Cortines: "If the union puts a moratorium on pilots, I will push for more charters."
By Connie Llanos, Staff Writer | LA Newspaper Group/Daily News
Posted: 11/05/2009 09:33:32 PM PST/Updated: 11/05/2009 09:48:53 PM PST
Nov. 6 -- With just 10 days left before Los Angeles Unified begins accepting bids from outside operators to run some of its underperforming schools, the best option for the district to retain some of those schools might not be available.
Pilot schools — small schools where parents and staff have more influence, but the district still has control — have expanded in recent years as an alternative to traditional schools. They are also an alternative to popular charter schools, which are publicly financed but operate independently of the district.
Both types of schools are eligible to take over operation of traditional public schools under the district's ambitious "Schools Choice Plan."
But because the district and the teachers union have not been able to agree on a plan to expand the number of pilot schools, now limited to 10, it might not be an option at a time in the district's history when options and choices are needed most.
Since teachers at pilot schools work under a more flexible contract, the teachers union is uneasy about seeing them grow without more protection for teachers. District officials, which see the pilot schools as an innovative way of reforming schools without giving up control, want the union to step out of the way and allow pilot school expansion.
"I will not allow some teacher representatives to hold back educational progress ...," LAUSD Superintendent Ramon Cortines said recently in an interview. "If the union puts a moratorium on pilots, I will push for more charters."
The district would like to have an agreement by next week ahead of the Nov. 15 deadline for the first round of applications.
But United Teachers Los Angeles officials say certain elements of the contract need to be changed to ensure teachers are protected.
For example, UTLA wants to see teacher discipline handled by arbitration, rather than by LAUSD personnel, as the pilot school contract currently allows.
"I am trying to come up with contract language that expands pilots and that also has the possibility of passing a vote of my governing bodies," said UTLA President A.J. Duffy.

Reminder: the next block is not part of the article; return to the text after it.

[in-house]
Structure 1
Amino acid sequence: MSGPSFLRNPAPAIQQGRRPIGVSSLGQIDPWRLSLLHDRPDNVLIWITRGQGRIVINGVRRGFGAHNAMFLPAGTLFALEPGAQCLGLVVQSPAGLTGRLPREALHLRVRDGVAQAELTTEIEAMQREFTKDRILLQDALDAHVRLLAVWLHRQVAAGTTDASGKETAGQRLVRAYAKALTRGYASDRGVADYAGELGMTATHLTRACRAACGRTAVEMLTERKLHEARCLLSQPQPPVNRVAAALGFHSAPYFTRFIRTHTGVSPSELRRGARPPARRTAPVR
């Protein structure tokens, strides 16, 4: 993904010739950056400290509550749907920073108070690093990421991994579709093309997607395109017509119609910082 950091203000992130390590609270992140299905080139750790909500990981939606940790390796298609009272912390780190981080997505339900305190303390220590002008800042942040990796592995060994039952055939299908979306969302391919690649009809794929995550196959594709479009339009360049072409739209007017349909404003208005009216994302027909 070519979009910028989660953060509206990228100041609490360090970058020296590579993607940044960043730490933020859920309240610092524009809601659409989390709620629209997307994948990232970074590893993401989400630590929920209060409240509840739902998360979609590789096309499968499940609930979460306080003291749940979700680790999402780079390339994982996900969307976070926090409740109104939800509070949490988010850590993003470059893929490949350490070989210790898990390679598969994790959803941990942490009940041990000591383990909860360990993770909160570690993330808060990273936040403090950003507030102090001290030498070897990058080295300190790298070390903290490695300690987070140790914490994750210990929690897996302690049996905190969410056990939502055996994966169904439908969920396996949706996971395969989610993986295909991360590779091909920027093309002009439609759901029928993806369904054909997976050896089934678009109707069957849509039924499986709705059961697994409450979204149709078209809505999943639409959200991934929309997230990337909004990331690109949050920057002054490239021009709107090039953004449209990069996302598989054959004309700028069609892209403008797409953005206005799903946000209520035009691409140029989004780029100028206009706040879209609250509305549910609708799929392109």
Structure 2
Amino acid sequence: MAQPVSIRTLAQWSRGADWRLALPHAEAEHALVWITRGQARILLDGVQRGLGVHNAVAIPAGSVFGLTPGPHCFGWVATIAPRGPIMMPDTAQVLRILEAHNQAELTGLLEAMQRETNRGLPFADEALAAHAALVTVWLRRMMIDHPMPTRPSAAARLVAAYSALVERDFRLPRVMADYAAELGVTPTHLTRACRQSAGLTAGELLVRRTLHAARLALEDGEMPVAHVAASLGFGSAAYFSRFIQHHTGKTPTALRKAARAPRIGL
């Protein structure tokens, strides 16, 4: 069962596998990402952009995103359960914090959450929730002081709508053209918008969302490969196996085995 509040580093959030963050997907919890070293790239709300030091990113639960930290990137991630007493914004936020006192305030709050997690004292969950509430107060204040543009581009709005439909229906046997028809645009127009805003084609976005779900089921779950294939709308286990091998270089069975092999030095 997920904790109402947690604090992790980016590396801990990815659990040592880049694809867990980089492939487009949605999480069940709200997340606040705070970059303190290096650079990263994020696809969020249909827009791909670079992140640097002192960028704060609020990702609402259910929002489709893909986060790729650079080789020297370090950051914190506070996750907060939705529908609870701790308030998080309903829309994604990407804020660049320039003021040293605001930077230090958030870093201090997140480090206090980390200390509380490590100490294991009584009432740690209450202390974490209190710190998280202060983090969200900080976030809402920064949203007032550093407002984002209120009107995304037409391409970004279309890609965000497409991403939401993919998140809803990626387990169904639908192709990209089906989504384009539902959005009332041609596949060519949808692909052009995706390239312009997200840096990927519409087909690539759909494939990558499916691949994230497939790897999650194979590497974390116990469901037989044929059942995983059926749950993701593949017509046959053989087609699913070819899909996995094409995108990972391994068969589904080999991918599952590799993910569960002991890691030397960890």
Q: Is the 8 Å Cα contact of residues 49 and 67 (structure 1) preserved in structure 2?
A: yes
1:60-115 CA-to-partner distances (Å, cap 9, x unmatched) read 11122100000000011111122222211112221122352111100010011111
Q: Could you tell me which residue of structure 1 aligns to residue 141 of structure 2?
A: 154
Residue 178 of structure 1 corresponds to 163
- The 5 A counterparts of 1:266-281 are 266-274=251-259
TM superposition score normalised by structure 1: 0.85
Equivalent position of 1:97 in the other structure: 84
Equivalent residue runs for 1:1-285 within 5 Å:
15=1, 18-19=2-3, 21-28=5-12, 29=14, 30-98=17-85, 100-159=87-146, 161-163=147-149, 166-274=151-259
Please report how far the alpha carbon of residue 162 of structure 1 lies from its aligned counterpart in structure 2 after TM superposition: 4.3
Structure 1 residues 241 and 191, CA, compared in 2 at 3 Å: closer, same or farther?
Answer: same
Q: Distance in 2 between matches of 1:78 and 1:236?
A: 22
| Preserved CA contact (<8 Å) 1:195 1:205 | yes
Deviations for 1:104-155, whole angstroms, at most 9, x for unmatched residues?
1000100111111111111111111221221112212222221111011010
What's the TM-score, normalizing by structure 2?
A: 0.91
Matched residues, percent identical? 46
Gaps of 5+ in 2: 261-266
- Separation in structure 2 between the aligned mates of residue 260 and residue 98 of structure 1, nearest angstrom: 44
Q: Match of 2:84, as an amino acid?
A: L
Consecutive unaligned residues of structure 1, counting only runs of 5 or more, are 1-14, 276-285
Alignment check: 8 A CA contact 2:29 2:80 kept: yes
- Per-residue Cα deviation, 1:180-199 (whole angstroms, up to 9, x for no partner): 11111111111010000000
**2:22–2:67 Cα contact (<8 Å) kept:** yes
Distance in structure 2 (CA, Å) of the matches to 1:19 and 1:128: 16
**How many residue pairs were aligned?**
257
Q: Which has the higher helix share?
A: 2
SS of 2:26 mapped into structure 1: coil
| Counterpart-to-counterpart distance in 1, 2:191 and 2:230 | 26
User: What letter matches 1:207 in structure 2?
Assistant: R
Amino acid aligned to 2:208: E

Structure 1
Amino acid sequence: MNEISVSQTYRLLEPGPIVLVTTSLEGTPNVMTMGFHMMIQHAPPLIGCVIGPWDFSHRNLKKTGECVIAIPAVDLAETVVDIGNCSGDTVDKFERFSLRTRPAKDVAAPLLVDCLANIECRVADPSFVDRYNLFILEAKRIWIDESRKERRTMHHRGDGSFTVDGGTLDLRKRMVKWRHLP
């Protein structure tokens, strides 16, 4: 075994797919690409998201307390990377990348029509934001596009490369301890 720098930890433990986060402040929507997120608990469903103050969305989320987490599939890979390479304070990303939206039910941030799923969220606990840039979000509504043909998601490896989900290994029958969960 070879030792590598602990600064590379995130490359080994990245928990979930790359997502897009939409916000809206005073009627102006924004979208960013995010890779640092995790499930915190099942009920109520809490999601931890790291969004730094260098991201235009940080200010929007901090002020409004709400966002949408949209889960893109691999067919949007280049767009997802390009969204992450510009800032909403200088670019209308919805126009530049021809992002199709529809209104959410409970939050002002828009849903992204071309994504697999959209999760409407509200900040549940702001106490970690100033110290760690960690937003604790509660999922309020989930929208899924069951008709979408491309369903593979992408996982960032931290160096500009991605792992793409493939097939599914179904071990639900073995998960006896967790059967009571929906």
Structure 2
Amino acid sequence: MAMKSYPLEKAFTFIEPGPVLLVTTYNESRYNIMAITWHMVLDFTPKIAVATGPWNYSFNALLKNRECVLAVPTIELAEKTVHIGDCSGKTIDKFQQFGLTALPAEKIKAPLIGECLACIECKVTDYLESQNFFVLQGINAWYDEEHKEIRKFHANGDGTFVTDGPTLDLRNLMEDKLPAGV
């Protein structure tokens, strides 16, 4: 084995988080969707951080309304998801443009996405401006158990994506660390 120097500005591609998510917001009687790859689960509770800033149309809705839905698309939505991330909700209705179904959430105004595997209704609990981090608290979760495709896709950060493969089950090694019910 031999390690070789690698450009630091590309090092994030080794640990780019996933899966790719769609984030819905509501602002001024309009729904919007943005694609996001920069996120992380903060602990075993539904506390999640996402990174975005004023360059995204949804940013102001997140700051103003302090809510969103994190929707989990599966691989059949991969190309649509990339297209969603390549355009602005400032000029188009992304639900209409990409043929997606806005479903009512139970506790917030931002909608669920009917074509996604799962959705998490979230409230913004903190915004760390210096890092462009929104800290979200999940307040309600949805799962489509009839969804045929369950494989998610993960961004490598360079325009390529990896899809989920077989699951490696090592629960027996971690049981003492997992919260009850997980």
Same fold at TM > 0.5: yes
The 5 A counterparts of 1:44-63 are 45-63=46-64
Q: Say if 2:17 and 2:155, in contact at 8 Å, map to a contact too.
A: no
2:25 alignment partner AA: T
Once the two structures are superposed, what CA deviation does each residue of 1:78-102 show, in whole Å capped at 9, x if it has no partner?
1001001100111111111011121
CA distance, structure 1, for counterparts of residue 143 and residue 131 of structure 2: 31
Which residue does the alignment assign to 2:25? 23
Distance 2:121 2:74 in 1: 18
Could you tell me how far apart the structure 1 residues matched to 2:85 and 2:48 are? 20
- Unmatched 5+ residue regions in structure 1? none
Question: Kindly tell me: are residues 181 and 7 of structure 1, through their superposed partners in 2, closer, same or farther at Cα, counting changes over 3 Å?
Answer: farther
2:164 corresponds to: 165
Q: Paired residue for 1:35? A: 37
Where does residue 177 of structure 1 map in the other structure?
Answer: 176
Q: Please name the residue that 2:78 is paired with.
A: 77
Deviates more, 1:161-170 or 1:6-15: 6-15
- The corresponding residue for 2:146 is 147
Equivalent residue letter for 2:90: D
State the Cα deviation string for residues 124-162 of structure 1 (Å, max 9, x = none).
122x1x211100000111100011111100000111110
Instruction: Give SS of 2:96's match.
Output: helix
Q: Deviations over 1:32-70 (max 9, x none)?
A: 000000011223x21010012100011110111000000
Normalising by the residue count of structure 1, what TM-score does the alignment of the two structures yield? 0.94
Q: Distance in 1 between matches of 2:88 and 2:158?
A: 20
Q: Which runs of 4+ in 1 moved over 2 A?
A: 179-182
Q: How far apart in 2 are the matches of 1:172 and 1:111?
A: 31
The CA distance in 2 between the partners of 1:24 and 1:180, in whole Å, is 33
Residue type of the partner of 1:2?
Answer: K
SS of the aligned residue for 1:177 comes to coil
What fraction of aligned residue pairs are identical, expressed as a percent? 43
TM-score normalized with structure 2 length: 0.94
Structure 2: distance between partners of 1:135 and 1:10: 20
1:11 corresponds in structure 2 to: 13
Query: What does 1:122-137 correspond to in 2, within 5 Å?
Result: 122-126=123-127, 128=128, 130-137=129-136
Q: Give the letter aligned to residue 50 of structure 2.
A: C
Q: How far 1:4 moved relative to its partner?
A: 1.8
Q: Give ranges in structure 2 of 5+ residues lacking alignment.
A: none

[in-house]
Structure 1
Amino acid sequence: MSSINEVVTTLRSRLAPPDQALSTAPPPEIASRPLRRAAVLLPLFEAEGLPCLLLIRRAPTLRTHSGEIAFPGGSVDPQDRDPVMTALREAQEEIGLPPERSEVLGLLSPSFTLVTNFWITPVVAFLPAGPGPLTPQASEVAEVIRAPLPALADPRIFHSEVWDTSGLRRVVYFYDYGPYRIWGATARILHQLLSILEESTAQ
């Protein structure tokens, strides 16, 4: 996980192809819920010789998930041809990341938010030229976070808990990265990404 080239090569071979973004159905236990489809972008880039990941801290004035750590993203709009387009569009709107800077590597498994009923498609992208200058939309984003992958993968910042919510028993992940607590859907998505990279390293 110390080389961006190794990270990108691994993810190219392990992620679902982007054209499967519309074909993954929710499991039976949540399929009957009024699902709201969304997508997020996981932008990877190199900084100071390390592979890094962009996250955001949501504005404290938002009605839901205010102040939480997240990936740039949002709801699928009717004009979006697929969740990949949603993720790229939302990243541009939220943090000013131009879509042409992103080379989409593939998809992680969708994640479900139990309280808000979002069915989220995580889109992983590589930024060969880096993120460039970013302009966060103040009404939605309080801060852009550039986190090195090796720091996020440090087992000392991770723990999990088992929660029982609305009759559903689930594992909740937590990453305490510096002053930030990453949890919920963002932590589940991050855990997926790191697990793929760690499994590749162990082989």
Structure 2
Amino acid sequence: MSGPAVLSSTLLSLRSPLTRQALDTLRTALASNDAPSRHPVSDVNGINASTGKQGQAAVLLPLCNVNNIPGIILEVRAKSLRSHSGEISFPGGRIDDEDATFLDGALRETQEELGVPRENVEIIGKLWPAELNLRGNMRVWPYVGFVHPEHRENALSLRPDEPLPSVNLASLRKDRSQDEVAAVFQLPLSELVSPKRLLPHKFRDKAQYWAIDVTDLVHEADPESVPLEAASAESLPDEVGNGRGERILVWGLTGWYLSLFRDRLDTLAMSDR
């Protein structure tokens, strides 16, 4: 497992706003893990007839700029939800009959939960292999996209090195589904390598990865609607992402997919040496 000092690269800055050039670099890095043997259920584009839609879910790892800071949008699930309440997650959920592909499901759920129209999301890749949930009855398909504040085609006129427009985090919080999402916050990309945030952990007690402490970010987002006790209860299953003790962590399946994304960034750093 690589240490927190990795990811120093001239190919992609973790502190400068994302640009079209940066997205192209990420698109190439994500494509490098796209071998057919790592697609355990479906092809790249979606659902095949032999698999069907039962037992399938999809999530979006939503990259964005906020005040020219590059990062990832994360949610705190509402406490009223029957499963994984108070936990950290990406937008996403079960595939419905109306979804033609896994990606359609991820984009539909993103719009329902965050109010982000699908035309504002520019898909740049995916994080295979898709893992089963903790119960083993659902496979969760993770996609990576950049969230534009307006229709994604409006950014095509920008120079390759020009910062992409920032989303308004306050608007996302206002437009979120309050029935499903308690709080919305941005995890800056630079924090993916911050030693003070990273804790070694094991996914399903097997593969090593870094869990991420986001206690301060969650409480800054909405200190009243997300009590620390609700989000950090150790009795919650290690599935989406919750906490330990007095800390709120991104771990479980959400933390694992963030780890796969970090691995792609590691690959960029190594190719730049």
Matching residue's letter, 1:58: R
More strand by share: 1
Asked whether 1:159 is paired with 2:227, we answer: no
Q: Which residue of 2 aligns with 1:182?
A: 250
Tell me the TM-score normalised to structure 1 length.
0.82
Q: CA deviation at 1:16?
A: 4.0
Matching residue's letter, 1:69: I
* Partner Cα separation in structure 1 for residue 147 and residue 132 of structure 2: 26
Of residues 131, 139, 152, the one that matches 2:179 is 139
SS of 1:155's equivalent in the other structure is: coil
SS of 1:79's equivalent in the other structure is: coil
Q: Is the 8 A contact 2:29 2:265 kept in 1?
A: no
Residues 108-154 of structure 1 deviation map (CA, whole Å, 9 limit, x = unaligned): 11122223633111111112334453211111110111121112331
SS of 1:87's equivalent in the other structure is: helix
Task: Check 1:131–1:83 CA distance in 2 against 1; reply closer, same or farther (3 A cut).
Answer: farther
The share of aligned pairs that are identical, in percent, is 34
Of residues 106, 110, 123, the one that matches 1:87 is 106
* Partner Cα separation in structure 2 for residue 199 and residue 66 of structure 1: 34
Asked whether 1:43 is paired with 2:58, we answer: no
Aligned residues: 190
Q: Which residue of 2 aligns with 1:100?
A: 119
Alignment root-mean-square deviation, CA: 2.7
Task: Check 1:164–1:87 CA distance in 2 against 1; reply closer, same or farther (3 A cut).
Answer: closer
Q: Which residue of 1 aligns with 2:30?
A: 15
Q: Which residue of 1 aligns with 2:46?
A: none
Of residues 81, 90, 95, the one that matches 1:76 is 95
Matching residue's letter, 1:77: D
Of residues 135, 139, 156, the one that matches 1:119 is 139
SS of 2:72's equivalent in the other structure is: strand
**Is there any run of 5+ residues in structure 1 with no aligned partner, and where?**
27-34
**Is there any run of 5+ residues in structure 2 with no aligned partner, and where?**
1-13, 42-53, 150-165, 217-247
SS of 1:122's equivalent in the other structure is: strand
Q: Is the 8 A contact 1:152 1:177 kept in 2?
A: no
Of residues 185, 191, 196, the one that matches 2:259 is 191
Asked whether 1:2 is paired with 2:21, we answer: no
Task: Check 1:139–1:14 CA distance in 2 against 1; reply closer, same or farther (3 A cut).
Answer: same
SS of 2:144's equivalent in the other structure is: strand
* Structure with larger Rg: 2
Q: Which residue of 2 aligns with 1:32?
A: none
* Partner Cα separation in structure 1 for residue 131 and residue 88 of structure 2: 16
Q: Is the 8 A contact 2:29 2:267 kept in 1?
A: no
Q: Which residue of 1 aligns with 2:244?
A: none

The pilot school model, imported to Los Angeles from Boston, has been generally supported by UTLA because it gives teachers more control.
At a pilot school, a board made up of teachers, parents, administrators and students in high school makes all budget, curriculum, calendar and staffing decisions.
But the amended contract under which teachers work at pilot schools — known as a "thin" contract because it is 70 pages compared to the standard 300-page contract — also streamlines several policies affecting teachers, including how they are hired, fired and disciplined.
As the union continues to work on a new proposal with the district, community organizations have begun to pressure UTLA to approve an expansion of pilots, and protests are being organized by local groups for next week.
Duffy said he understands the community's frustration.
"There are some very well-meaning people within the union who do not see change as something that is necessary, and I disagree," he said.
In the meantime, district officials in charge of guiding schools through LAUSD's reform effort say their hands are tied now as they wait for an agreement on pilot schools.
"The union is holding this hostage, and we find that unacceptable," said Edmundo Rodriguez, LAUSD's pilot school director.
"There are literally hundreds of teachers and thousands of parents that cannot stand to function in the same old educational system."
Currently there are seven pilot schools districtwide, all located around the Pico-Union neighborhood west of downtown, with 10 expected to open soon.
Rodriguez said an additional 40 schools across the district have now expressed interest in converting their schools to a pilot model, including at least half of the schools that LAUSD put out for bid under the school choice plan.
"I don't understand why the union would stand in the way of the most progressive option currently available for schools who want reform but also want to maintain district and UTLA affiliations," said Veronica Melvin, executive director of Alliance for a Better Community.
"It is so odd that they choose to do this now ... at a time when leadership is needed more than ever to allow reform to happen."